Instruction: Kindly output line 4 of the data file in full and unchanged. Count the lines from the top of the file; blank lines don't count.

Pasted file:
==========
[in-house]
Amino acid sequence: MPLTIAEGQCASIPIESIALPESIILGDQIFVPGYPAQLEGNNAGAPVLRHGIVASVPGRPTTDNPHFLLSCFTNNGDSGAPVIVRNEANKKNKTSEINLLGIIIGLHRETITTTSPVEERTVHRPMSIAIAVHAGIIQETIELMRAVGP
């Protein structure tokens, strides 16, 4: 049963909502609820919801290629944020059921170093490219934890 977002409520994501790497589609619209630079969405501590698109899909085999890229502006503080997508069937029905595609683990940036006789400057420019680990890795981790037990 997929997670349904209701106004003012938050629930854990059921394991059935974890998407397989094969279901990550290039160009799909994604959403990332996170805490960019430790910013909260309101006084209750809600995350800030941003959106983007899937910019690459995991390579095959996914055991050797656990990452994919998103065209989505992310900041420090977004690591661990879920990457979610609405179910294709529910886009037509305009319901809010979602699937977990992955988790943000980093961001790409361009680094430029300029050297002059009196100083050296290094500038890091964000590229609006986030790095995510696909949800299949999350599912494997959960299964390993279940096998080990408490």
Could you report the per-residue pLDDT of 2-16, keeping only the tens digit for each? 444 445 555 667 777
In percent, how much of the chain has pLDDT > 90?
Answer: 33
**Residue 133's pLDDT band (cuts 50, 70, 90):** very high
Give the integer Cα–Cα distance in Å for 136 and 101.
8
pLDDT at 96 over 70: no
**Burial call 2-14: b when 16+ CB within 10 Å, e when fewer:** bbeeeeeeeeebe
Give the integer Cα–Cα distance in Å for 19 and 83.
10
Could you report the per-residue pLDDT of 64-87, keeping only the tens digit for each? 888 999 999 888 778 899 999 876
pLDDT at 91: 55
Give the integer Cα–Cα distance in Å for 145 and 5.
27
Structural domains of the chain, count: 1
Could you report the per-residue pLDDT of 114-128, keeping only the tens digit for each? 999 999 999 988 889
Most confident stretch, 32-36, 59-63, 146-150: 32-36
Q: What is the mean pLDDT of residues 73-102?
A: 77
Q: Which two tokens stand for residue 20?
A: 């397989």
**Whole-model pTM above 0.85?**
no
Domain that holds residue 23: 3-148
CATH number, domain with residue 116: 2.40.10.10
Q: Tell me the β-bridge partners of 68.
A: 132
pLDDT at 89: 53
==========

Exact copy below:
Could you report the per-residue pLDDT of 2-16, keeping only the tens digit for each? 444 445 555 667 777